10 Facts You Need to Know Before Heading to a Gym or Swimming Pool from 19 June


It’s nearing 19 June… and you know what that means!

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It’s Juneteenth, the celebration of the first freeing of slaves in America!

What? No!

Uh… It’s Osamu Dazai’s birthday, who is one of the most important fiction writers in the 20th century?

Sigh… looks like I got to do everything myself. It’s Phase Two, which is the day that gym rats are finally free from their inadequate home gyms.

Stadiums, swimming pools, playgrounds, beaches, lawns and fields, hard courts, gyms, fitness studios, bowling centres, and function room are now allowed to reopen.

Oh. But that doesn’t matter to me since I don’t swim or gy-


Not for you, my imaginary friend speaking in italics. This is for…

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You, my dear reader who leads a balanced lifestyle with exercise.

Sport Singapore has released an advisory for this, and before you actually go back, here are some facts you need to know.

1. Not All Sports Facilities Are Open

Most ActiveSG facilities will reopen, but dual-use facilities in schools will remain closed.


You’ll also be disappointed when you reach any of the venues below since they won’t be open yet.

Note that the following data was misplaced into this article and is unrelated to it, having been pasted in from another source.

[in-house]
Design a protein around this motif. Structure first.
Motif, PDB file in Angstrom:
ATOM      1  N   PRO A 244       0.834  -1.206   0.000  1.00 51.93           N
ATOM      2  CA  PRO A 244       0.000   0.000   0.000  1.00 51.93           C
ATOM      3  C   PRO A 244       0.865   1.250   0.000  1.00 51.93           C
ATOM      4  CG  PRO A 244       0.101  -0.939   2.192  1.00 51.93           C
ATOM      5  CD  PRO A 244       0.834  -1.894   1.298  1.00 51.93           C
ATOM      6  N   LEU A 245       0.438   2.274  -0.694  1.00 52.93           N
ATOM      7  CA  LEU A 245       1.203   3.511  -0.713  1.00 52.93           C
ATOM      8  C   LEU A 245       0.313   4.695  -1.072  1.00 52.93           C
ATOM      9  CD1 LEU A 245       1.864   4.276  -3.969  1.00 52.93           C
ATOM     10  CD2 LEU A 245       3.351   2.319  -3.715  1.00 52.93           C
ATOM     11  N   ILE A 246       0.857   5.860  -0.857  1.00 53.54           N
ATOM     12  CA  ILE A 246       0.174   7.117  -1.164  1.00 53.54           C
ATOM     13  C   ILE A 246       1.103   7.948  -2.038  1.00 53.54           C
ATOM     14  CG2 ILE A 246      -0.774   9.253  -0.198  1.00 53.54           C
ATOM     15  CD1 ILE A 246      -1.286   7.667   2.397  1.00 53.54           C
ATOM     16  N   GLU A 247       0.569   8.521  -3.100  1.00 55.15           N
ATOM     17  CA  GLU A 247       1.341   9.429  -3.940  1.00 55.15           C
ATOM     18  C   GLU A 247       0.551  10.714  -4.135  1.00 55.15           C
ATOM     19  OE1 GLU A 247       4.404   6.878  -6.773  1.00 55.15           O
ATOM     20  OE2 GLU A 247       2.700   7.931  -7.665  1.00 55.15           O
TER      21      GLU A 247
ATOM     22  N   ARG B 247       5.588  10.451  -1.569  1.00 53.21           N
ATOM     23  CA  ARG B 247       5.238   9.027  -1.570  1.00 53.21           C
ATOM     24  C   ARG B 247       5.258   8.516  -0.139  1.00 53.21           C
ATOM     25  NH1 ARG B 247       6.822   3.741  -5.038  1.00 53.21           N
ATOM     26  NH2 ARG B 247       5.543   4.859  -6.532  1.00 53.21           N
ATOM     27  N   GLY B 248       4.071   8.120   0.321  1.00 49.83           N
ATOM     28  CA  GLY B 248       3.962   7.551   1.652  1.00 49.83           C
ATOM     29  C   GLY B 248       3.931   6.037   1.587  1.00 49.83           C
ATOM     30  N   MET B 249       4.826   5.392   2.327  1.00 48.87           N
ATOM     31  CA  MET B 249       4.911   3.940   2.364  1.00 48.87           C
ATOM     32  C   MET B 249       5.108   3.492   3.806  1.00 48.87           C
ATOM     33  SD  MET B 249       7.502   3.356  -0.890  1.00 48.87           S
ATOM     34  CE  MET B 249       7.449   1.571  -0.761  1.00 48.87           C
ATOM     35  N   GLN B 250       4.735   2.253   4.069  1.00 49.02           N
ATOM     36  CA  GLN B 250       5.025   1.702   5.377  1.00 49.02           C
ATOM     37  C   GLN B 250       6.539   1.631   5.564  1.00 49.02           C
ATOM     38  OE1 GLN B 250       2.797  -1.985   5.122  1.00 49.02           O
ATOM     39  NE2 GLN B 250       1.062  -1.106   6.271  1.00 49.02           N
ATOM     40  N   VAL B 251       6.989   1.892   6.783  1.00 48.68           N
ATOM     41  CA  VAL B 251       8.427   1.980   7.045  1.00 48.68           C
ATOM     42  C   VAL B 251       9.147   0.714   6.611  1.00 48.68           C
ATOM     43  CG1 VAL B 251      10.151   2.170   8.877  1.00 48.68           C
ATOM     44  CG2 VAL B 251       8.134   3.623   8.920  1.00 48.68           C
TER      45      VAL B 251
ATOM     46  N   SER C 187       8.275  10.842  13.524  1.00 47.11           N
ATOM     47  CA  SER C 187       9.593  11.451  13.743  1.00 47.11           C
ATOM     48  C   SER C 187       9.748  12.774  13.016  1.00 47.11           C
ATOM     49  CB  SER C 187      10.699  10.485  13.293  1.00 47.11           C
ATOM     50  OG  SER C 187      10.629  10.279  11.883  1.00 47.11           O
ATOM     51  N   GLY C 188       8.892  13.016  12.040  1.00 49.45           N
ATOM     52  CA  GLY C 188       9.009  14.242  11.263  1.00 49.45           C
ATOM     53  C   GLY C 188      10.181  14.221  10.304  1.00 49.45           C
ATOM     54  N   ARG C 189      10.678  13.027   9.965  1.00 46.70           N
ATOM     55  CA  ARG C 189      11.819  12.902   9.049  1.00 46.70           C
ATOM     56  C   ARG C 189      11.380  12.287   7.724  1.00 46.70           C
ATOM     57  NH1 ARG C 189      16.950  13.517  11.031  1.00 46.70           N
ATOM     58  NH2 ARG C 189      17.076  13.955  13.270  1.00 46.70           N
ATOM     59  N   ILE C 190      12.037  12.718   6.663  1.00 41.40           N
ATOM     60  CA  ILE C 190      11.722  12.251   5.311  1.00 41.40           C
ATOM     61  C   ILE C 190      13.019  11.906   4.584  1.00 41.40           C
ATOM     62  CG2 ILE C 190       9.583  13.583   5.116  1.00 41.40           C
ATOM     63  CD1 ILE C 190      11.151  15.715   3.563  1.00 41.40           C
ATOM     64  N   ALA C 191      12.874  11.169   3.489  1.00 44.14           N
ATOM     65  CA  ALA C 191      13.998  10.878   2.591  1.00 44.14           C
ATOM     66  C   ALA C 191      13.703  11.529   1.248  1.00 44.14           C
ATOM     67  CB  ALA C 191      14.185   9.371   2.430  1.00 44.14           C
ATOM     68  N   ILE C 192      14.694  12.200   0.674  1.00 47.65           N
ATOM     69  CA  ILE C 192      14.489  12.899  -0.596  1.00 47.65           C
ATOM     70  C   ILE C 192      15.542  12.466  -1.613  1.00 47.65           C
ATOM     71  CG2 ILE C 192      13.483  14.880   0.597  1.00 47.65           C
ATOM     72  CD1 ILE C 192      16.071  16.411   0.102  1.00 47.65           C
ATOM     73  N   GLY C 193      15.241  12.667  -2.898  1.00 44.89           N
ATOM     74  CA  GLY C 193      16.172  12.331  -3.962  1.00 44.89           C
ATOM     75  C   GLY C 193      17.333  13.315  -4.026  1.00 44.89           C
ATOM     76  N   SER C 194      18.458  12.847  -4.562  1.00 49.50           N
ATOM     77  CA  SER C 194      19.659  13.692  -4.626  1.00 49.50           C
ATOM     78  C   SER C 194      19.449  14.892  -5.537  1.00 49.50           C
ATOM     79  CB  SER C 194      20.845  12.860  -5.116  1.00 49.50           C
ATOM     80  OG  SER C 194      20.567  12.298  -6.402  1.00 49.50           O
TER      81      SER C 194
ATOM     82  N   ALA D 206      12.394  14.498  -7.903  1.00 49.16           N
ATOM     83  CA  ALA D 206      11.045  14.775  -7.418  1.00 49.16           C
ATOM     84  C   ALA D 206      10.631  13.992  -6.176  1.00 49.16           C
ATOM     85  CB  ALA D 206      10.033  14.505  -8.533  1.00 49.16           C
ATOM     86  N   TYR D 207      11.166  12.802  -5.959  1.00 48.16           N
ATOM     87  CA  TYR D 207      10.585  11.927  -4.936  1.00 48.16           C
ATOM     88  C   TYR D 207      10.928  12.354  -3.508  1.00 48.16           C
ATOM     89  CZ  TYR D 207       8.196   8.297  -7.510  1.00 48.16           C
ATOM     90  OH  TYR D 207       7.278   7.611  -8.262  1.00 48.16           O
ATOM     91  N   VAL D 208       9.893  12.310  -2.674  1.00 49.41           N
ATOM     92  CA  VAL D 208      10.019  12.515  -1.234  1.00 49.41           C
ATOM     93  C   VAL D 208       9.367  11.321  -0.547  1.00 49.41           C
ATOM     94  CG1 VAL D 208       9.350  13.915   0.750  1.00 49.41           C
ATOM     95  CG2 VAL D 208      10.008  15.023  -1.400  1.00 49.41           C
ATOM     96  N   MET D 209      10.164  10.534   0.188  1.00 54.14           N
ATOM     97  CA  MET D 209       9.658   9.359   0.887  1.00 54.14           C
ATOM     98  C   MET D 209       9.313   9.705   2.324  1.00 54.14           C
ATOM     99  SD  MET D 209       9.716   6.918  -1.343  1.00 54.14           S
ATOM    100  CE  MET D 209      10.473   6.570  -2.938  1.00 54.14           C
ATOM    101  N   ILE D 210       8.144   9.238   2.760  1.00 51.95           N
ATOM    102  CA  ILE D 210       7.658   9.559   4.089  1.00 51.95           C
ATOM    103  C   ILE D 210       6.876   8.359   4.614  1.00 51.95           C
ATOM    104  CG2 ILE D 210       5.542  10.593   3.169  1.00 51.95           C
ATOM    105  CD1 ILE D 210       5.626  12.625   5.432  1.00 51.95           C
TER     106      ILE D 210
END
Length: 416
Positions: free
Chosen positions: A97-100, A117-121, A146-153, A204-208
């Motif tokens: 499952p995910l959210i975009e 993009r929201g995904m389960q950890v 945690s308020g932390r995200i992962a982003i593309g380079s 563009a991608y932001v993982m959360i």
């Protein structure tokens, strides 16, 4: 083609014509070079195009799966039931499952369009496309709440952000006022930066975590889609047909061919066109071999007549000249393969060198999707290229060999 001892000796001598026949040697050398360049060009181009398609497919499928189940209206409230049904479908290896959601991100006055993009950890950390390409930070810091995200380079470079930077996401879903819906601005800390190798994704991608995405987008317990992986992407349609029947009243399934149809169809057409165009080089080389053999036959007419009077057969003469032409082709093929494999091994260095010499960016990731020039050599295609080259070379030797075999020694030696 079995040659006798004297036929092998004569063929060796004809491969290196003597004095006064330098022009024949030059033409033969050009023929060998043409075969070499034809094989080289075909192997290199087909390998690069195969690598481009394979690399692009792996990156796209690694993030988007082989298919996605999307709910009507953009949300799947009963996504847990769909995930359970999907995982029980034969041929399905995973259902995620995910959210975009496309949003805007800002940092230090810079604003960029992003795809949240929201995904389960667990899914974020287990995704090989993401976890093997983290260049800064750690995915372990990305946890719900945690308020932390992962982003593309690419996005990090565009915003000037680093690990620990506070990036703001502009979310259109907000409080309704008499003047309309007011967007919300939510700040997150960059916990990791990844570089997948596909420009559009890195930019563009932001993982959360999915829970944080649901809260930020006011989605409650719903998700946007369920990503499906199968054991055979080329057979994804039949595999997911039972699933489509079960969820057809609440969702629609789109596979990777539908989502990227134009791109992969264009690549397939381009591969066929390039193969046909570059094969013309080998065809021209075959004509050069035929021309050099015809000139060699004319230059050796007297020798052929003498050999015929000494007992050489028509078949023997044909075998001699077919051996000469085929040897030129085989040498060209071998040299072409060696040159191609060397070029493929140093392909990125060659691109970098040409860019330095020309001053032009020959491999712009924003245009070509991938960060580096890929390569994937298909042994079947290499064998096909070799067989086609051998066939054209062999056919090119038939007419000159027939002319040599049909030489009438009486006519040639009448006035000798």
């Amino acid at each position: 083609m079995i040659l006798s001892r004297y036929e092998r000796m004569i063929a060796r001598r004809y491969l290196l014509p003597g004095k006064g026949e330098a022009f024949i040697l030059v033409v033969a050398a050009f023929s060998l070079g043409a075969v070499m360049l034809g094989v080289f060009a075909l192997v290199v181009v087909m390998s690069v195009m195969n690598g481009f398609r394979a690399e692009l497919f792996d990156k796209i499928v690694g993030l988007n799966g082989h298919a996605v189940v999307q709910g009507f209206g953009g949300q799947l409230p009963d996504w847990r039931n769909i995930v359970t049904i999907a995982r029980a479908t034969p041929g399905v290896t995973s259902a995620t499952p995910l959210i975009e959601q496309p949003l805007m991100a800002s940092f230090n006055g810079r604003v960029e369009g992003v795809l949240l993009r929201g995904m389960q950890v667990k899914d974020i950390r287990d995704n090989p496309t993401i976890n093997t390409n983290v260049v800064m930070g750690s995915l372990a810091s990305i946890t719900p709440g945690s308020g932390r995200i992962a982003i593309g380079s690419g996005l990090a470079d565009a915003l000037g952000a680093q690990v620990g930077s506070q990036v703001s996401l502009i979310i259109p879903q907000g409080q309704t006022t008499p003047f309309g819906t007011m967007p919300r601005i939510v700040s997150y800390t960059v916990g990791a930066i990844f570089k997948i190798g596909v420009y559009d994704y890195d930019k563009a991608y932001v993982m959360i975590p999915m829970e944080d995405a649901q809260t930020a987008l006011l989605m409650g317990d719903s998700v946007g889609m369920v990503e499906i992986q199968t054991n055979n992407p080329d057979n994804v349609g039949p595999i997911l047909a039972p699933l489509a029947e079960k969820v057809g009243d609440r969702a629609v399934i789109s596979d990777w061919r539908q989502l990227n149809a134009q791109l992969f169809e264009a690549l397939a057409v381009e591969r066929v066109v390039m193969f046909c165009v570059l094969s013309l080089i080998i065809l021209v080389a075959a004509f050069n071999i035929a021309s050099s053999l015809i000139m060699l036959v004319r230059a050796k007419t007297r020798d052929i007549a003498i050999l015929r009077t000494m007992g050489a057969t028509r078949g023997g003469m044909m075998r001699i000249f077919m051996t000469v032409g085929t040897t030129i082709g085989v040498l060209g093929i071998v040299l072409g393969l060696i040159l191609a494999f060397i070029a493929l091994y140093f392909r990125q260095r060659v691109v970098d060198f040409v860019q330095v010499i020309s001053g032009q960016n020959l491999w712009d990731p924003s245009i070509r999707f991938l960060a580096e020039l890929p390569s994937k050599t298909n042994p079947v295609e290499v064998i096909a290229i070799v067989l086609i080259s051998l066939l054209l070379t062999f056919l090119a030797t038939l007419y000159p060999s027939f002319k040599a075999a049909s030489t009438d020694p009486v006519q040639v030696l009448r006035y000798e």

2. There Is A Max Capacity Based On Floor Area

Just because you’re exercising, doesn’t mean that social distancing is gone. There’s still the 5 person limit per group and the need for the physical distancing of 3 metres between groups.

Naturally, this means group exercises anywhere are bad. A South Korean study showed a cluster of 112 infections for just one workshop for dance instructors. In that cluster, eight of the 27 instructors were infected just from four hours of training.

So it makes sense that there’s a capacity limit. And that scales according to size. The maximum number of persons allowed for places larger than 50 sqm is 10 sqm per person, or 50 persons, whichever is lower.

For ones smaller than 50 sq m, the operators will have to ensure that physical distancing is still observed.

Places will need to be well ventilated as well.

3. You Still Need To Wear Mask

Not while swimming or lifting, of course.

You’ll need to wear a mask when entering the place, and hand sanitisers will be located at the entrances and near high-touch surfaces like door handles.

4. Showering At Home Is Encouraged

The last thing we want is for people to crowd at places where bodily fluids might be exchanged, like the showers.


This isn’t specifically mentioned in the Sports Singapore advisory, but the Singapore Swimming Association has told elite athletes that they are not permitted to shower at the vicinity.

As for the regular folks, the SSA recommends us to shower at home before and after our swims.

Note that in practice, this probably depends on each individual venue.

5. Gyms: Prepare To Wipe. A Lot.

Remember that COVID-19 can survive for up to 4 hours on copper, up to 24 hours on cardboard, and up to 72 hours on stainless steel.

Not my words, but from Dr Zhang in a Channel News Asia article.